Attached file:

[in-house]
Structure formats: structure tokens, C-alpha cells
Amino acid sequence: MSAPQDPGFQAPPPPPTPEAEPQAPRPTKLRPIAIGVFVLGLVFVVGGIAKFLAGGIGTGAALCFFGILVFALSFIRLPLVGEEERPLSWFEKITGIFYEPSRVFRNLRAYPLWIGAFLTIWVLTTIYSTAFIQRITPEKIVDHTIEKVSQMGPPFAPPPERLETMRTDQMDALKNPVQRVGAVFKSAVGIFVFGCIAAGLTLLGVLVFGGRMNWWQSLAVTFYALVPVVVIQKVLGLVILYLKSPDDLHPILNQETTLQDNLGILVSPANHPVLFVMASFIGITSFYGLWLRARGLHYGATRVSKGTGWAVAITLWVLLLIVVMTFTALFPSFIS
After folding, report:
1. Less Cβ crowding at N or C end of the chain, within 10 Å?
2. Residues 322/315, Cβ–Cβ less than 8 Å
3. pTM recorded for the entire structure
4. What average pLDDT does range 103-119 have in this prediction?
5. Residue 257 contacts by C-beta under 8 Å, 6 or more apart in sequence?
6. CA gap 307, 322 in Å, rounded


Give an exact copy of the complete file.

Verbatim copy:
[in-house]
Structure formats: structure tokens, C-alpha cells
Amino acid sequence: MSAPQDPGFQAPPPPPTPEAEPQAPRPTKLRPIAIGVFVLGLVFVVGGIAKFLAGGIGTGAALCFFGILVFALSFIRLPLVGEEERPLSWFEKITGIFYEPSRVFRNLRAYPLWIGAFLTIWVLTTIYSTAFIQRITPEKIVDHTIEKVSQMGPPFAPPPERLETMRTDQMDALKNPVQRVGAVFKSAVGIFVFGCIAAGLTLLGVLVFGGRMNWWQSLAVTFYALVPVVVIQKVLGLVILYLKSPDDLHPILNQETTLQDNLGILVSPANHPVLFVMASFIGITSFYGLWLRARGLHYGATRVSKGTGWAVAITLWVLLLIVVMTFTALFPSFIS
After folding, report:
1. Less Cβ crowding at N or C end of the chain, within 10 Å?
2. Residues 322/315, Cβ–Cβ less than 8 Å
3. pTM recorded for the entire structure
4. What average pLDDT does range 103-119 have in this prediction?
5. Residue 257 contacts by C-beta under 8 Å, 6 or more apart in sequence?
6. CA gap 307, 322 in Å, rounded